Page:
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, 12 Suppl 7, S711-9

Virologic and Pathogenetic Aspects of Cytomegalovirus Infection


Virologic and Pathogenetic Aspects of Cytomegalovirus Infection

J E Grundy. Rev Infect Dis.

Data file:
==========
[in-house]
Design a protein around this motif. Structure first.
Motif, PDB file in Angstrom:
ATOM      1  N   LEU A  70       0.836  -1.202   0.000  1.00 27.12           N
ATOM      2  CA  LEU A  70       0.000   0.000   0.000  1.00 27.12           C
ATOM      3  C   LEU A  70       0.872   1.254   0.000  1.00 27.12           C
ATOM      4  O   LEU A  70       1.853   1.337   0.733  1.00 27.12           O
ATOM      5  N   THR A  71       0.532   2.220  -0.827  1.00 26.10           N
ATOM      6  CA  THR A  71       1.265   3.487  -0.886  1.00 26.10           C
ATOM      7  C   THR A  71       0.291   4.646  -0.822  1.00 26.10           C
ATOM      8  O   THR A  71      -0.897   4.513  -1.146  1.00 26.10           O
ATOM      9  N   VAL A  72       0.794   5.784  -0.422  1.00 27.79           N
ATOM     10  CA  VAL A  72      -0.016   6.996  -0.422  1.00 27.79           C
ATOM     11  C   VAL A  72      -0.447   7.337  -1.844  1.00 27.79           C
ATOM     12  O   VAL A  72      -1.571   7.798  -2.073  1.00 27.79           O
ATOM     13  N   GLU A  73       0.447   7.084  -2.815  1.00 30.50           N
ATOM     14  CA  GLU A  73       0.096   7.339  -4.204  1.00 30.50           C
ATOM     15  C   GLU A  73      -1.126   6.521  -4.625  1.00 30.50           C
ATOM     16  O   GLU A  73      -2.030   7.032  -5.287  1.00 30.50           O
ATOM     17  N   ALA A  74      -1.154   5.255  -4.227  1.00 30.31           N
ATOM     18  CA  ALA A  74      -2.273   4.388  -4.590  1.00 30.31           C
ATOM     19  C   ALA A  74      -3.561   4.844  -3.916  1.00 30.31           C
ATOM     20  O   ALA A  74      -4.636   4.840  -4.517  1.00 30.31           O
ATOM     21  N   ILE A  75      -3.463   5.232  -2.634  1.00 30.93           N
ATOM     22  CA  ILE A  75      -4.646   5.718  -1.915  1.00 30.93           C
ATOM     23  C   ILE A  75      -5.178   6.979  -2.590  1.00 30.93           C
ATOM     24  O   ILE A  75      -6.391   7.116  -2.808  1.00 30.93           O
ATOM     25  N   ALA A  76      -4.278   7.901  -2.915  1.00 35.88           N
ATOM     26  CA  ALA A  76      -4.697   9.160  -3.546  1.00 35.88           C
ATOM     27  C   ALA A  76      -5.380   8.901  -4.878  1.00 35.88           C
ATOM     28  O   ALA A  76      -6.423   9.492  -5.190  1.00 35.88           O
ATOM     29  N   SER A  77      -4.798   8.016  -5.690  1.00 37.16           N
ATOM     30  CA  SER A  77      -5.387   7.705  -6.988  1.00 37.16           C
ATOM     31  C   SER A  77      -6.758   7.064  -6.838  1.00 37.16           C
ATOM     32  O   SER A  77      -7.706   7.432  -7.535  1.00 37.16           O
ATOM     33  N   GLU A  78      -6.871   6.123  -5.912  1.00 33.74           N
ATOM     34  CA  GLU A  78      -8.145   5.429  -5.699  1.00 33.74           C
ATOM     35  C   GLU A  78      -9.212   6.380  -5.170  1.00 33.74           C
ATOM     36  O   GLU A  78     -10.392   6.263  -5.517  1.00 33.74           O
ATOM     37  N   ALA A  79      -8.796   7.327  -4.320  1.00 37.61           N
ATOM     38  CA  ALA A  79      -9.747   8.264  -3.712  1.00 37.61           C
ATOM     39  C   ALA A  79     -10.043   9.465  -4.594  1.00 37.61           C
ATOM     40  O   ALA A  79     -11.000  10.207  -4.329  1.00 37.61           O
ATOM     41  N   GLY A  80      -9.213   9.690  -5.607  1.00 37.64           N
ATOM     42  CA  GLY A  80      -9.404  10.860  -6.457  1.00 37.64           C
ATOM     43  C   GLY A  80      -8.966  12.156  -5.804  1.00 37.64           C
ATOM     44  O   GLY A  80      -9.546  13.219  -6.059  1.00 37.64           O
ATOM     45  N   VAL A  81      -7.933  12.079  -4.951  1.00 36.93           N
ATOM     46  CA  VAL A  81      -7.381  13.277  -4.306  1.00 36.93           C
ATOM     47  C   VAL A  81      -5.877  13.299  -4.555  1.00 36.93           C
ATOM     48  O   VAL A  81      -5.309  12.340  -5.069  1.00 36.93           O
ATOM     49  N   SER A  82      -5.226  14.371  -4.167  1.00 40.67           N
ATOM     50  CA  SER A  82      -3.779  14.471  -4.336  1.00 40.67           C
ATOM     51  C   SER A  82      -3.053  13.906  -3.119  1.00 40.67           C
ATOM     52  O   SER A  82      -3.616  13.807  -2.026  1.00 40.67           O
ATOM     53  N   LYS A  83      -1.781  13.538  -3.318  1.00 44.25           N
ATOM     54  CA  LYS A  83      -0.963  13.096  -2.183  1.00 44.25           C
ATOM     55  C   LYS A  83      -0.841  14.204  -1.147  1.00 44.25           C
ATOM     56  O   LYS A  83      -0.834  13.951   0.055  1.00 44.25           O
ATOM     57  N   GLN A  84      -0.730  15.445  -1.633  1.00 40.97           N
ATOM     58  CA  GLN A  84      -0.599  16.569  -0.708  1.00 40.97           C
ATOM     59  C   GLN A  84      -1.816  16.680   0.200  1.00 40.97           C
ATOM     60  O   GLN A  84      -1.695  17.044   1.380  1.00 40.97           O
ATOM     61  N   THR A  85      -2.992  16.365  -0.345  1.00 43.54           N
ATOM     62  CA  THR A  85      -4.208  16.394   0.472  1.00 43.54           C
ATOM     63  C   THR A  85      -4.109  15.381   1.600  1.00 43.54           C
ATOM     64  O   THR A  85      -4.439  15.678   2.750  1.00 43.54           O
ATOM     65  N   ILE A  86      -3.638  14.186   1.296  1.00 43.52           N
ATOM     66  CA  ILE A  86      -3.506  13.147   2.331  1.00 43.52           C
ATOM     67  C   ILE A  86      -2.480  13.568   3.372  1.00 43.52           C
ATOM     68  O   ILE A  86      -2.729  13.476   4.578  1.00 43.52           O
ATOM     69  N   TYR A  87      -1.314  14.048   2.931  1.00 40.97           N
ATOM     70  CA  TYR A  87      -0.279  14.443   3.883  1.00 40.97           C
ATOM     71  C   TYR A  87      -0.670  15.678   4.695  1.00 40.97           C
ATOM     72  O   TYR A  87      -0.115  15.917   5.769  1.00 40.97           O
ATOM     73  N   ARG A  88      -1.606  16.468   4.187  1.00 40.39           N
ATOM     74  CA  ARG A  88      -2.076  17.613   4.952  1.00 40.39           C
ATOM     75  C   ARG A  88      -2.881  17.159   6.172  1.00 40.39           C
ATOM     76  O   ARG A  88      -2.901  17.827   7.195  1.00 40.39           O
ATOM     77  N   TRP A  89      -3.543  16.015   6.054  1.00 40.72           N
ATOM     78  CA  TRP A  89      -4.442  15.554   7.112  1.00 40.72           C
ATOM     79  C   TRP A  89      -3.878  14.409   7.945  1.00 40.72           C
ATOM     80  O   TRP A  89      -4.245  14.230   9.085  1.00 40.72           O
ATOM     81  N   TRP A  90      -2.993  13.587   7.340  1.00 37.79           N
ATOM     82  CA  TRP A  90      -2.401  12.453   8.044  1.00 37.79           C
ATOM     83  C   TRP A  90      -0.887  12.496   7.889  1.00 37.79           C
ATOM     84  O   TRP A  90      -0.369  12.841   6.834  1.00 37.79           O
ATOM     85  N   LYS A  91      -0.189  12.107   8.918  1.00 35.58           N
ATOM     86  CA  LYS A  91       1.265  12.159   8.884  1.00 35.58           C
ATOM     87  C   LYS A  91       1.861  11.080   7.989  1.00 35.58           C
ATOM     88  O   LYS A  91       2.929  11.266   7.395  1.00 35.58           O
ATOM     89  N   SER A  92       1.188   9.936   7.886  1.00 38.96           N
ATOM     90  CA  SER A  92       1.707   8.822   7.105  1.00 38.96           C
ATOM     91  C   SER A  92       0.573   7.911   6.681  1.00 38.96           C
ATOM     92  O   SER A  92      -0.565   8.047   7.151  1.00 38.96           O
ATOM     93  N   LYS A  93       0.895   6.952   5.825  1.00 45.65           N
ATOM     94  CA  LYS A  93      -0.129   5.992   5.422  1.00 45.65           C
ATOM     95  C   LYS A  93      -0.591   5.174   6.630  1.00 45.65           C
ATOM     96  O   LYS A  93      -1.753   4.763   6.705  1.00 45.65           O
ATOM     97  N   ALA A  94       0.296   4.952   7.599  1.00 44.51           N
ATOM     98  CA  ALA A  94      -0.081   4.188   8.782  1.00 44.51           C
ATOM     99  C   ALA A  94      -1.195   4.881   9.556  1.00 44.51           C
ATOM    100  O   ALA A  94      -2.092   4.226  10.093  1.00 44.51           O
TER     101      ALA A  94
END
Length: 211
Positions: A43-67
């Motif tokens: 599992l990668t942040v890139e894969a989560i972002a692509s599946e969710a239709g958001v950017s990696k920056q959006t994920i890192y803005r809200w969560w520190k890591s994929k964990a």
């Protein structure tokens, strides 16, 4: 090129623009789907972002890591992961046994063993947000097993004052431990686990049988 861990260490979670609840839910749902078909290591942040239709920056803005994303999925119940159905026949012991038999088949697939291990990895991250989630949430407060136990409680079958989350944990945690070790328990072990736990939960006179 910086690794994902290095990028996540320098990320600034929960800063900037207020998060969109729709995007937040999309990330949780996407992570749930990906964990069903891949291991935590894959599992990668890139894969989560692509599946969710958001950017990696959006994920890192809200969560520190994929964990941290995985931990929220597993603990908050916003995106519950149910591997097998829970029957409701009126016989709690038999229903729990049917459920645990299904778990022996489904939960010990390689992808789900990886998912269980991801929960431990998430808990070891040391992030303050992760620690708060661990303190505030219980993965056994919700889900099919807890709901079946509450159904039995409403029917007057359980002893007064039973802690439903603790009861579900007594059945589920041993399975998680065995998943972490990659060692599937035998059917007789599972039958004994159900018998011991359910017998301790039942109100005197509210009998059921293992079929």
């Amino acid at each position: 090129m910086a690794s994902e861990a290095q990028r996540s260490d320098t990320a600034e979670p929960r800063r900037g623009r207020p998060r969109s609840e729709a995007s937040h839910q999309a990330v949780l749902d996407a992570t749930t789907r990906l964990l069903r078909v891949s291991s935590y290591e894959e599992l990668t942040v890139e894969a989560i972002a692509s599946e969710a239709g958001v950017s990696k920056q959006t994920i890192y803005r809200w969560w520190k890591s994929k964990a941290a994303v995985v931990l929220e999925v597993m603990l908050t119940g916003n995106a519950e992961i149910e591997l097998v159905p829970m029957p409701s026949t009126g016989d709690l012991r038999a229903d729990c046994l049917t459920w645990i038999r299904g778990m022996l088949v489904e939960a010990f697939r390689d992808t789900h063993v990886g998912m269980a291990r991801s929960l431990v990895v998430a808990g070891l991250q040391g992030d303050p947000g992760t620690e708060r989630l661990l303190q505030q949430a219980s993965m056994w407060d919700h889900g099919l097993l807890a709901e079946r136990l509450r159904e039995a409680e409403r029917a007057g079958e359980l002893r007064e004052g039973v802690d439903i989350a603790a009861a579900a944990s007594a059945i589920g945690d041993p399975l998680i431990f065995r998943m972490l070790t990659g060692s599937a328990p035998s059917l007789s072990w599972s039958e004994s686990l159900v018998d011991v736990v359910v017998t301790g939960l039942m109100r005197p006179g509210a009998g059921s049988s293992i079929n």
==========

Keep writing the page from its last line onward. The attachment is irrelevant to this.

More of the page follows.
Cytomegalovirus (CMV) is a ubiquitous agent that rarely causes disease in immunocompetent humans but is an important cause of morbidity and mortality in the immunocompromised. A number of host and viral factors are associated with pathology following CMV infection. CMV can be found at many sites in the body but only causes disease at some of these and then only in certain patient populations. In some situations the mechanism underlying disease is direct viral replication, but in others, particularly CMV pneumonitis in allogeneic transplant recipients, an immunopathologic basis is strongly implicated. An important factor in the pathogenesis of infection and the expression of symptomatic disease is the source of CMV infection-whether it arises from an exogenous source or is due to reactivation of latent endogenous virus. Exogenous infection can occur in previously seronegative individuals or in those with prior exposure to the virus. In renal transplant recipients both types of exogenous infection have been associated with disease. Another factor that affects the interaction between CMV and its host is the modulating effect of the virus on the host immune response, the mechanism of which remains unknown.

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